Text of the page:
Years ago on a family trip to Miami, we stopped at a nondescript Brazilian joint and found a menu with no English but pictures of good-looking food. The kids all thought it was a riot, and we pointed to what we hoped would be tasty. I ended up with a thick soup called ajiaco, which is actually Colombian in origin.
Ajiaco is a chicken soup/stew that is reminiscent of pozole, and it just hit the spot yesterday with all the damp and chill. It can be light and fresh enough to not violate your spring state of mind but warming and filling enough to kill those blustery, soggy April days. They key is in the customization: The soup should be served with little dishes of limes, avocado, chopped cilantro, onions, and such so that each person can dress his or her soup as he or she see fit.
The stuff I make at home isn't an homage to tradition, it's my workable version. I have yet to find some guascas, the herb used in old-school versions. The potatoes in my ajiaco are shredded, which gives the soup a nice homey viscosity, a creaminess without cream. Some people add corn, some recipes call for rice or hominy as an additional starch, but I like mine simple. A hunk of crusty sourdough makes a nice submergible.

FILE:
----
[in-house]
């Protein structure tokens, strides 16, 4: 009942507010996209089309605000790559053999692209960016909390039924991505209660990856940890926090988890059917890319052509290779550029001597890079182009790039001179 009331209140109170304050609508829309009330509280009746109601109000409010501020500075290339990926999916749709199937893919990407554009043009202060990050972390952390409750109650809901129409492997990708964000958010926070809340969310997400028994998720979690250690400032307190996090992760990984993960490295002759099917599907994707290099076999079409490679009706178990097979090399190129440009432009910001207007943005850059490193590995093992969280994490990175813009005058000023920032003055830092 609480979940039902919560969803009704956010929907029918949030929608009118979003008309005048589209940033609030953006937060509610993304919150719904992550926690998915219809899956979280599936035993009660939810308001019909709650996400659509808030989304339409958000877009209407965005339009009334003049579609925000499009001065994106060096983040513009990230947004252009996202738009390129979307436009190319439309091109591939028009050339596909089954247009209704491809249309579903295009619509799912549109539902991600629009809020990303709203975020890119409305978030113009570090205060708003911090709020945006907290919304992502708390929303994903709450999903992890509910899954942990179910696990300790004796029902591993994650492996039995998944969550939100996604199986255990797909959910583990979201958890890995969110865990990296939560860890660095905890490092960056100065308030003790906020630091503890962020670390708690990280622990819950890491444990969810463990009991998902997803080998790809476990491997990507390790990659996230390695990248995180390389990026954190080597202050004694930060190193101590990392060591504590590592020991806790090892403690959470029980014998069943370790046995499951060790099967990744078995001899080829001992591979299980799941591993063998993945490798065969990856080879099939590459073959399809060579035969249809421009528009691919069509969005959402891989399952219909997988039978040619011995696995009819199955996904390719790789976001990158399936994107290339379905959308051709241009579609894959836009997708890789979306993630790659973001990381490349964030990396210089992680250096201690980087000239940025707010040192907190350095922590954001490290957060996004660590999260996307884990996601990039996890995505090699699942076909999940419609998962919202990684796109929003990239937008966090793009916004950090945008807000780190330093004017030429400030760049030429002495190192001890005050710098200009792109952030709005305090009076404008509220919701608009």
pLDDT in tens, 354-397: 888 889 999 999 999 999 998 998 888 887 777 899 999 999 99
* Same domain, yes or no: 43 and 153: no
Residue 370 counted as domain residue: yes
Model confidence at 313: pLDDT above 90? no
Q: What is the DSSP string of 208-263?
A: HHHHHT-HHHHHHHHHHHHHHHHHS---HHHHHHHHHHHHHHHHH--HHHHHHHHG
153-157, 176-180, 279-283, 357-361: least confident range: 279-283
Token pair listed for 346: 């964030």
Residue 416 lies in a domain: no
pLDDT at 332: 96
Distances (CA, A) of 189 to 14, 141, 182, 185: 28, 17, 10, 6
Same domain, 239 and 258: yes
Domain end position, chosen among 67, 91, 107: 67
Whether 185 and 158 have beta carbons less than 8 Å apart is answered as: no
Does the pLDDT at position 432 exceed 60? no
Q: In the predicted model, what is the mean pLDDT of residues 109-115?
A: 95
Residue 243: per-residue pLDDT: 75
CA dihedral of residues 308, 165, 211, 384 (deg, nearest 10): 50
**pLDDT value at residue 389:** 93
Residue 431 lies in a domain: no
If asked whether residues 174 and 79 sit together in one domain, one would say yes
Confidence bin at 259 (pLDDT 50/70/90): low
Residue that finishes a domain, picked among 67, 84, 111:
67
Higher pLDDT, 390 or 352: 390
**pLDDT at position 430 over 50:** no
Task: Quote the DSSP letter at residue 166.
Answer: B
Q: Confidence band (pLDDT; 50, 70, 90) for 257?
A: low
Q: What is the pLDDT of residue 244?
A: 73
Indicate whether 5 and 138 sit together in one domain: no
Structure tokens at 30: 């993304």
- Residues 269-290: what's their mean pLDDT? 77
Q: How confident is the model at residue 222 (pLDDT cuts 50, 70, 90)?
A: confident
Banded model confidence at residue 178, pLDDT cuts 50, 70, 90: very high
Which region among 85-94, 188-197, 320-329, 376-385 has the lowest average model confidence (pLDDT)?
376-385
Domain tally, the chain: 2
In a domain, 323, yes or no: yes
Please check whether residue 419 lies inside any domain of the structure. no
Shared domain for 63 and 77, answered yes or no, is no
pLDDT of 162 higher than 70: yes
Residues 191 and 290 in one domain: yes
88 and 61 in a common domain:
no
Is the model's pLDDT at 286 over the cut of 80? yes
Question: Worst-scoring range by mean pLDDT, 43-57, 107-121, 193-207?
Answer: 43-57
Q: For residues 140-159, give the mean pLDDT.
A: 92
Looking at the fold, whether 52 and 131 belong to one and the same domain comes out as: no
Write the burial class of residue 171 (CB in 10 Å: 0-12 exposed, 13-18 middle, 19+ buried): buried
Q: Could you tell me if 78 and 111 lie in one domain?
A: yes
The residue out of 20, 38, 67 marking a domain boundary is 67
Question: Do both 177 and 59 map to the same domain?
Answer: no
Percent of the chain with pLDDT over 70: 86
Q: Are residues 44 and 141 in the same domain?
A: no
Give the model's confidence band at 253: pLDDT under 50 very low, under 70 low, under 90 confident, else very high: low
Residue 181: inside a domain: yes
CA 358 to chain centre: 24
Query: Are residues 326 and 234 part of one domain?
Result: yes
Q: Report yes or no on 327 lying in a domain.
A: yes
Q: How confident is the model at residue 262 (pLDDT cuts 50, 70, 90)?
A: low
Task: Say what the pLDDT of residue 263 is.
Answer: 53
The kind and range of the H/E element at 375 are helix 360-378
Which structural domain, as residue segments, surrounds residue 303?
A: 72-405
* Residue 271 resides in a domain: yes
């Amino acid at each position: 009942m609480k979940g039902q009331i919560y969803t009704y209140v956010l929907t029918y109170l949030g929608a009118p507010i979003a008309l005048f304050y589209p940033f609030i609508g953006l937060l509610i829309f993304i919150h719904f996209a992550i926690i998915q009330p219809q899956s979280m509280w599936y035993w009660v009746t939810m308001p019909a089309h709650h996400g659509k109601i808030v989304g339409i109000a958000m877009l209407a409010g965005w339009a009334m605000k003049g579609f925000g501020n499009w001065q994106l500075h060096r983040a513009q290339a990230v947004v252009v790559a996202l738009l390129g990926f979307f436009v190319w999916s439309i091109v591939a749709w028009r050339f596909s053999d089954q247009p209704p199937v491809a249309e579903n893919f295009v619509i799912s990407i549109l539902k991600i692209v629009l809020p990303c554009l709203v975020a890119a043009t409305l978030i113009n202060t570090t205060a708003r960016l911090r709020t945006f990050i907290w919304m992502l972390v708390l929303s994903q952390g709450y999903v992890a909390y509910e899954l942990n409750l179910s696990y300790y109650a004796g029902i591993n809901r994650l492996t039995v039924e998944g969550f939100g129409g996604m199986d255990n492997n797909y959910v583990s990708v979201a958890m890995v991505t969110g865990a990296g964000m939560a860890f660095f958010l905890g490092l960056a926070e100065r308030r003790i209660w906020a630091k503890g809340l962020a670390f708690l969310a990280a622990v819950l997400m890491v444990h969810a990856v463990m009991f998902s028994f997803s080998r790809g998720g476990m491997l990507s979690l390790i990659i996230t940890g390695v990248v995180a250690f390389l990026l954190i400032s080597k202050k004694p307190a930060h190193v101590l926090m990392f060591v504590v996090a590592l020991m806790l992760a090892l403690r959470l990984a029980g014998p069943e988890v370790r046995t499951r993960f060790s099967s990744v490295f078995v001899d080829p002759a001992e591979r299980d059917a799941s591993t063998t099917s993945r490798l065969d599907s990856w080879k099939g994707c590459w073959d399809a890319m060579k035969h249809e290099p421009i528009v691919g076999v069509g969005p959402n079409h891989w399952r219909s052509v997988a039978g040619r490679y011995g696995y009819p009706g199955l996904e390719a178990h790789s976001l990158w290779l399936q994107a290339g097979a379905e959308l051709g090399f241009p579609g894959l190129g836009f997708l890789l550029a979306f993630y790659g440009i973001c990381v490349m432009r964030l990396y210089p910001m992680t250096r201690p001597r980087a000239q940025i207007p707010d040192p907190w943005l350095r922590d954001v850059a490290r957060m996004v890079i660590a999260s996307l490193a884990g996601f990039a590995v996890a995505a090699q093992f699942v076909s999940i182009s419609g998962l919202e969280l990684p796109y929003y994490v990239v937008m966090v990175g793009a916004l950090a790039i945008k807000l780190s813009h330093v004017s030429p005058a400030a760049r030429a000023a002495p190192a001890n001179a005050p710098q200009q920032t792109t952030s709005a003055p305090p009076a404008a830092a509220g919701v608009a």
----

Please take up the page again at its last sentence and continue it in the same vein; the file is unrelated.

enough to feed a family
3 boneless skinless chicken breasts
6 c. stock
3 cloves smashed and chopped garlic
1 small white onion, chopped
2 T. butter
1 t. cumin
2 c. water
4 large russet potatoes, peeled
1/4 c. chopped cilantro
Cubed avocado (Really, a must. Don't skip it.)
Lime quarters, for the squeezing
Chopped white onion
Course salt, or the best ever balinese salt
In a small pot, boil the chicken in the stock for about 6 minutes. Turn off the heat, and let sit for an additional 10 minutes. Remove chicken to separate bowl.
Meanwhile, saute garlic and onions in butter with cumin in a large pot. When they are just soft, add the chicken stock and water; bring to a boil. Shred potatoes into a bowl, then slide into boiling soup with cilantro. Lower heat to med-high, and cook for approximately 15 minutes. When the potatoes have loosened up and the liquid looks creamy, hit it with an immersion blender if you like to bring it all together. Use salt and pepper to taste, turn down to simmer.
Chop the chicken into chunks, and add it to the pot, letting it simmer for approximately 5 minutes.
Get your little dishes set up next to the pot, and serve. Flat bowls work great so that people can line up their perfect bite. Or maybe that's just me.